Constantin Meunier was one of the premier European Social Realists of the late 19th century, considered on par with Jean-François Millet and Charles de Groux. While he began his artistic career as a sculptor, he pursued only painting from 1857-1884. Thematically, his work was based largely in humanitarian interests, many of his subjects being laborers, miners, metalworkers, dockworkers, and women at home. In 1882, the Belgian government sponsored Meunier on a trip to Spain, where he painted religious subjects. Upon his return he refocused his energy on social themes, only now he began to express his empathy and respect for commonplace subjects by sculpting them in bronze. One of his most notable works was a large outdoor sculpture group entitled Monument to Labour, installed in Brussels’ Place de Trooz in 1930.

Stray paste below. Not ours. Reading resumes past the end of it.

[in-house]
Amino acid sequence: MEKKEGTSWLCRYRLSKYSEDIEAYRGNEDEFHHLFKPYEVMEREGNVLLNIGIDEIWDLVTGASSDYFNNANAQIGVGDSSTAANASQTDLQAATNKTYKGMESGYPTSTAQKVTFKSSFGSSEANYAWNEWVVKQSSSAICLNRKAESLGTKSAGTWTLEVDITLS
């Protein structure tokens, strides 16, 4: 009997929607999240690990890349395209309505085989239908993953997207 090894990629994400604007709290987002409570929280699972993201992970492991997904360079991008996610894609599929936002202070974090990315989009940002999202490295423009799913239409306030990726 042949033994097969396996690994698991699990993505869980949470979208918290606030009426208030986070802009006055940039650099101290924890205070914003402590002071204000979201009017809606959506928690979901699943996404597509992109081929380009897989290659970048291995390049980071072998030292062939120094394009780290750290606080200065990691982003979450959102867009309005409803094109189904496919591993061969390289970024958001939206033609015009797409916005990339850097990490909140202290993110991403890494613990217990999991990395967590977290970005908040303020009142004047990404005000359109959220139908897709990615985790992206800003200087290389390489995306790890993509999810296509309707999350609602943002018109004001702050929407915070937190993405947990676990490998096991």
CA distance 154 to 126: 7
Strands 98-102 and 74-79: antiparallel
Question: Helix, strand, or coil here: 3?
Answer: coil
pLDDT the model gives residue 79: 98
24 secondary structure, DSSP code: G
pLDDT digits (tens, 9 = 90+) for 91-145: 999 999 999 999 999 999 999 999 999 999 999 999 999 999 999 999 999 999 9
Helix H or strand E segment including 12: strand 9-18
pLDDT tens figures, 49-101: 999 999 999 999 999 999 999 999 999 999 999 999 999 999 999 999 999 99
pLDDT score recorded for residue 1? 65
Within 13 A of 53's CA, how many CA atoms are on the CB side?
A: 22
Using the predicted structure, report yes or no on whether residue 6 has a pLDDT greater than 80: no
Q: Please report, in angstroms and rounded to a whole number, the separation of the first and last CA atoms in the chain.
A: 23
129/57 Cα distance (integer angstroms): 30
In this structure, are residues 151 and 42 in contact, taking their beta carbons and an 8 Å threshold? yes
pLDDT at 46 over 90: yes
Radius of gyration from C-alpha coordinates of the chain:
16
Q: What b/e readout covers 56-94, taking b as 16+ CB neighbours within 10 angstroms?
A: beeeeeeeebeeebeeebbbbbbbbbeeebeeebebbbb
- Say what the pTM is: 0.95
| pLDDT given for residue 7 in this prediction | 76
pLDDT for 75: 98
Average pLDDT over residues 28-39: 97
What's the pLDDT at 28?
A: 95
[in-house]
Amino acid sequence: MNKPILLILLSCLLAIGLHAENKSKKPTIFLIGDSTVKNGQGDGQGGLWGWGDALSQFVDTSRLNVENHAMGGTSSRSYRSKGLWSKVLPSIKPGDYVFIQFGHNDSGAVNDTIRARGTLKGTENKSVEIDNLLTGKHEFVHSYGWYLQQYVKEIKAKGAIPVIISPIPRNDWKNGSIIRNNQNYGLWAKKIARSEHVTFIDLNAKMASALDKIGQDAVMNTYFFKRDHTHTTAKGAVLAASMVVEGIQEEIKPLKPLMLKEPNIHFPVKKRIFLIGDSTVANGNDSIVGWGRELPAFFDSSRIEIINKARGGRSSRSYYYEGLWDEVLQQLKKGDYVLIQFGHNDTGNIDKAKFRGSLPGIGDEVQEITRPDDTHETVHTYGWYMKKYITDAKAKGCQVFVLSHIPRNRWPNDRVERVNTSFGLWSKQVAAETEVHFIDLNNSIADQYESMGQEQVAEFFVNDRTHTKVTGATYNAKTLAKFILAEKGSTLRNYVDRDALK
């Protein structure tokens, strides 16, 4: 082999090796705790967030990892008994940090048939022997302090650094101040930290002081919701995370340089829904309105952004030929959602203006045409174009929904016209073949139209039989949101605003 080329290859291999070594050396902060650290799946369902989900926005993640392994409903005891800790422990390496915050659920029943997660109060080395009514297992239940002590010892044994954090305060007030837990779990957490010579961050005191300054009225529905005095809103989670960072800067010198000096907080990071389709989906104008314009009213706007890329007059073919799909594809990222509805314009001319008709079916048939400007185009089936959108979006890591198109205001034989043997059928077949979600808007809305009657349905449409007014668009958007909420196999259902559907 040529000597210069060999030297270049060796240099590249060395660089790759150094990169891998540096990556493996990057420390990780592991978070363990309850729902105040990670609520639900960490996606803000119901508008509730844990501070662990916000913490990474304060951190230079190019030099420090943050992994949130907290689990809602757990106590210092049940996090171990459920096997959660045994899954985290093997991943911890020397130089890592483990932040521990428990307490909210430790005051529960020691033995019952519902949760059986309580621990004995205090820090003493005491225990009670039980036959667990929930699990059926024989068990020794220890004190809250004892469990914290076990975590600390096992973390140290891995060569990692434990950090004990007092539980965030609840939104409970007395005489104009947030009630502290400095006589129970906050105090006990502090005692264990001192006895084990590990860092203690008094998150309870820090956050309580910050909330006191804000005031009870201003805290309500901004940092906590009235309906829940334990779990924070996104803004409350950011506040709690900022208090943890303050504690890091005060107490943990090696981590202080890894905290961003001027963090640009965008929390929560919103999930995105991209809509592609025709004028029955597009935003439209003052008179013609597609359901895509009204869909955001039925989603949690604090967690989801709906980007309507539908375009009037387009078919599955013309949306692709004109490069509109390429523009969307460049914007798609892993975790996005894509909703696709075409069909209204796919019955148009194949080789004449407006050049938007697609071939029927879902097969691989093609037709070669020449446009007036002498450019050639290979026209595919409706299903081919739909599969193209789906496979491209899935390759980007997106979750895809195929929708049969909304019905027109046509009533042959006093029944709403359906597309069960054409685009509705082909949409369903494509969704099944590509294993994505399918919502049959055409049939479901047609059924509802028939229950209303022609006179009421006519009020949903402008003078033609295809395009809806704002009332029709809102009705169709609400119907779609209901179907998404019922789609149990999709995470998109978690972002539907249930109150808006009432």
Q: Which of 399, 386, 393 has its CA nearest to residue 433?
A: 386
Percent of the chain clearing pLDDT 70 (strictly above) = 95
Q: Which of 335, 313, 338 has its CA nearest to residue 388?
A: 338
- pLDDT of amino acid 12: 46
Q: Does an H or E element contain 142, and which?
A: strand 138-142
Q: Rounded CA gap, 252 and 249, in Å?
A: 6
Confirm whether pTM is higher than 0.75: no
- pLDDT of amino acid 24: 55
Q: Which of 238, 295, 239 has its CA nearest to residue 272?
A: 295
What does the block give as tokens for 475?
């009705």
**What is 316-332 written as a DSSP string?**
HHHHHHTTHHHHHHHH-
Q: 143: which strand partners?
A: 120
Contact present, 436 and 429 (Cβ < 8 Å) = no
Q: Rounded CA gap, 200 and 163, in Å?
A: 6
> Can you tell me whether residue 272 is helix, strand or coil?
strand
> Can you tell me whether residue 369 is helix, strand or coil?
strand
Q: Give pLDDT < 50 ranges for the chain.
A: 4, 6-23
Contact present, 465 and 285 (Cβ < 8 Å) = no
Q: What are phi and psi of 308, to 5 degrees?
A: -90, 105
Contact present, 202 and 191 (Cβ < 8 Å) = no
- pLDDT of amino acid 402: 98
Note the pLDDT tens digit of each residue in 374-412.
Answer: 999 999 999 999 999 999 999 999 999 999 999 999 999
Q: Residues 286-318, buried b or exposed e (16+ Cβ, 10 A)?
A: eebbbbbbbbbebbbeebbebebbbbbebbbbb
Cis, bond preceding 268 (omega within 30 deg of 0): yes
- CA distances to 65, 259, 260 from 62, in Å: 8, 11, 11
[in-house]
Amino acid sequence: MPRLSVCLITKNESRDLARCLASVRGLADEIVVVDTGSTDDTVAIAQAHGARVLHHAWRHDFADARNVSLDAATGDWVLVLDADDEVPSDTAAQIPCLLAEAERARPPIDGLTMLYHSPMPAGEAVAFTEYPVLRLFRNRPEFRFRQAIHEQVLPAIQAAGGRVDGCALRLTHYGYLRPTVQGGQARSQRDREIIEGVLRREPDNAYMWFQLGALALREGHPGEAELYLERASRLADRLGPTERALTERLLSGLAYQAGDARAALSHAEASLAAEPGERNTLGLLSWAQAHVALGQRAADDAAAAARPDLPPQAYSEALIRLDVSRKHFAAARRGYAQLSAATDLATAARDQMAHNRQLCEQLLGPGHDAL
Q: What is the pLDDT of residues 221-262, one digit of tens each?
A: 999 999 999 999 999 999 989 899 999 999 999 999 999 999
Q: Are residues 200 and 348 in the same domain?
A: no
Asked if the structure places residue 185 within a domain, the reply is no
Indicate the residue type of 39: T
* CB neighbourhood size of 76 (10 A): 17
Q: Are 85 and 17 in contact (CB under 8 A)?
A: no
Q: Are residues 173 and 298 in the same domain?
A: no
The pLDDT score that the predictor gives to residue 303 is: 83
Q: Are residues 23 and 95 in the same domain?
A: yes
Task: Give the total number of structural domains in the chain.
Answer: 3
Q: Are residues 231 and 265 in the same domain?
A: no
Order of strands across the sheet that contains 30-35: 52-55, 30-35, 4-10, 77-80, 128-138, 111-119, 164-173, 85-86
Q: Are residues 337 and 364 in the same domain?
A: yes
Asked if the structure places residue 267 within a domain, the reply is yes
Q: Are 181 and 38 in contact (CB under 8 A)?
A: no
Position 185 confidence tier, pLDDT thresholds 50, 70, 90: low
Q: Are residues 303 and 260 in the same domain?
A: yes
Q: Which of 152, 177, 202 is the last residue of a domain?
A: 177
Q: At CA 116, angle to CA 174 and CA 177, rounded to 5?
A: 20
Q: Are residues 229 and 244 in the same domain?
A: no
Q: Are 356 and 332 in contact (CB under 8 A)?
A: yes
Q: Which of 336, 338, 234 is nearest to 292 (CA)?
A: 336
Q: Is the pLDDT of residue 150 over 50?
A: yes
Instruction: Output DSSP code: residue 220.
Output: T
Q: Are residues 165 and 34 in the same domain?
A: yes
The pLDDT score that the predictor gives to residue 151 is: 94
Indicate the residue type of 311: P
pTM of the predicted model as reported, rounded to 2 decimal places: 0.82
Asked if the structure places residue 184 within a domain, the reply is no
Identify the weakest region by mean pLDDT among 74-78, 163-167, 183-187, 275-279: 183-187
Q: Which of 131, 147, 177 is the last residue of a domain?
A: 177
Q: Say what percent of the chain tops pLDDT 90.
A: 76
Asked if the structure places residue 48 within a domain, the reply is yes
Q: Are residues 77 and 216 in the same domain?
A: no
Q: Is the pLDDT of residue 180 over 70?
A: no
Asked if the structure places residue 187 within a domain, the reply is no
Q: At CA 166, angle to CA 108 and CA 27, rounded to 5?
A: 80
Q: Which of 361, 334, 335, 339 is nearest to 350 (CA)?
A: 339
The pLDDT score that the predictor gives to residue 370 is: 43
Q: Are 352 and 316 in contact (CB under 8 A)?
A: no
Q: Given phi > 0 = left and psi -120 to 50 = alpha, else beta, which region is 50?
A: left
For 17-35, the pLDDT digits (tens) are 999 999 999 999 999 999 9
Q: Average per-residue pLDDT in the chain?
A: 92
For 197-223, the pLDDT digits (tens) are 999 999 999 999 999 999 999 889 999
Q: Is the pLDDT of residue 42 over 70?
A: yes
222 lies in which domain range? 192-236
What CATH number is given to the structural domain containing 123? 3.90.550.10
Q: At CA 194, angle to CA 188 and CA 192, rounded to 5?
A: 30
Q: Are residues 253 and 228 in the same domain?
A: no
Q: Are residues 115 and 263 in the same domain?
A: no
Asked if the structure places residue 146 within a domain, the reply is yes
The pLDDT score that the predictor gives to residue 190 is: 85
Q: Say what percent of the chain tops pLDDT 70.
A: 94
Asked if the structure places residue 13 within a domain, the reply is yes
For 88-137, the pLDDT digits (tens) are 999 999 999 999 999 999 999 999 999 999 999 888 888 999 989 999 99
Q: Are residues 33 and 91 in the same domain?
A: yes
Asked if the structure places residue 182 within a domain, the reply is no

Private Collection of Ginette and Alain Lesieutre
Micheline Jérome-Schotsmans, Constantin Meunier : Sa vie, son œuvre, Brussels : Bertrand, 2012, no. 74, ill p. 153
Francisca Vandepitte, Constantin Meunier (1831-1905), Tielt : Lannoo, 2014, p. 309, cat. no. 87, ill p. 203